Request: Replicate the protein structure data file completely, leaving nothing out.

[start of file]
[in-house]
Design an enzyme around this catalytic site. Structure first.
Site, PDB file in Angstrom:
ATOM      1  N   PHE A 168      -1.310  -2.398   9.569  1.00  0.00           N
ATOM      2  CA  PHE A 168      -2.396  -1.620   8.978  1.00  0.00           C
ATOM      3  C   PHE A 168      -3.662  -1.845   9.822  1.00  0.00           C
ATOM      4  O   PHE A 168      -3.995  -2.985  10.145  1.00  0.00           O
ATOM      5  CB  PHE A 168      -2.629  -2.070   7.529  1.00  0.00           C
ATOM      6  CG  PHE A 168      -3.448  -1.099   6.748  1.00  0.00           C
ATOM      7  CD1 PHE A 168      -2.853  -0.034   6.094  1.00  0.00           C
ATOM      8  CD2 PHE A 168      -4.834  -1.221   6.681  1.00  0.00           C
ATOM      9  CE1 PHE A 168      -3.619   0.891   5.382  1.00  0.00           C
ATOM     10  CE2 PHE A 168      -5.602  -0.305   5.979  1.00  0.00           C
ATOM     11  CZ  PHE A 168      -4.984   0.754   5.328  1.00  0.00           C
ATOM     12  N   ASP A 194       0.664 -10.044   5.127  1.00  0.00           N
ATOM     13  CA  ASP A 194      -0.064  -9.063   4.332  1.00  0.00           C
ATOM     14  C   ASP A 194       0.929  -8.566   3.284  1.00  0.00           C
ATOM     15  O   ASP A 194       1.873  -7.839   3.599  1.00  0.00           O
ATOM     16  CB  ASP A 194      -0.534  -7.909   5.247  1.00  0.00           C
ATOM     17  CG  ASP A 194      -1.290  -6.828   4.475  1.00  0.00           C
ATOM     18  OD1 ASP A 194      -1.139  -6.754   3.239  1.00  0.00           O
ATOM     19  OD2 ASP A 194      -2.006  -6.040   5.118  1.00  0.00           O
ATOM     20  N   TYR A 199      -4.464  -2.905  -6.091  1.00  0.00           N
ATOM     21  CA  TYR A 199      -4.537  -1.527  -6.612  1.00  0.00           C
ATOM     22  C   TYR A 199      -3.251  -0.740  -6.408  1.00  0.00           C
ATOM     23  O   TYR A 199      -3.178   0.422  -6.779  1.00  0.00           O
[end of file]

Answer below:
[in-house]
Design an enzyme around this catalytic site. Structure first.
Site, PDB file in Angstrom:
ATOM      1  N   PHE A 168      -1.310  -2.398   9.569  1.00  0.00           N
ATOM      2  CA  PHE A 168      -2.396  -1.620   8.978  1.00  0.00           C
ATOM      3  C   PHE A 168      -3.662  -1.845   9.822  1.00  0.00           C
ATOM      4  O   PHE A 168      -3.995  -2.985  10.145  1.00  0.00           O
ATOM      5  CB  PHE A 168      -2.629  -2.070   7.529  1.00  0.00           C
ATOM      6  CG  PHE A 168      -3.448  -1.099   6.748  1.00  0.00           C
ATOM      7  CD1 PHE A 168      -2.853  -0.034   6.094  1.00  0.00           C
ATOM      8  CD2 PHE A 168      -4.834  -1.221   6.681  1.00  0.00           C
ATOM      9  CE1 PHE A 168      -3.619   0.891   5.382  1.00  0.00           C
ATOM     10  CE2 PHE A 168      -5.602  -0.305   5.979  1.00  0.00           C
ATOM     11  CZ  PHE A 168      -4.984   0.754   5.328  1.00  0.00           C
ATOM     12  N   ASP A 194       0.664 -10.044   5.127  1.00  0.00           N
ATOM     13  CA  ASP A 194      -0.064  -9.063   4.332  1.00  0.00           C
ATOM     14  C   ASP A 194       0.929  -8.566   3.284  1.00  0.00           C
ATOM     15  O   ASP A 194       1.873  -7.839   3.599  1.00  0.00           O
ATOM     16  CB  ASP A 194      -0.534  -7.909   5.247  1.00  0.00           C
ATOM     17  CG  ASP A 194      -1.290  -6.828   4.475  1.00  0.00           C
ATOM     18  OD1 ASP A 194      -1.139  -6.754   3.239  1.00  0.00           O
ATOM     19  OD2 ASP A 194      -2.006  -6.040   5.118  1.00  0.00           O
ATOM     20  N   TYR A 199      -4.464  -2.905  -6.091  1.00  0.00           N
ATOM     21  CA  TYR A 199      -4.537  -1.527  -6.612  1.00  0.00           C
ATOM     22  C   TYR A 199      -3.251  -0.740  -6.408  1.00  0.00           C
ATOM     23  O   TYR A 199      -3.178   0.422  -6.779  1.00  0.00           O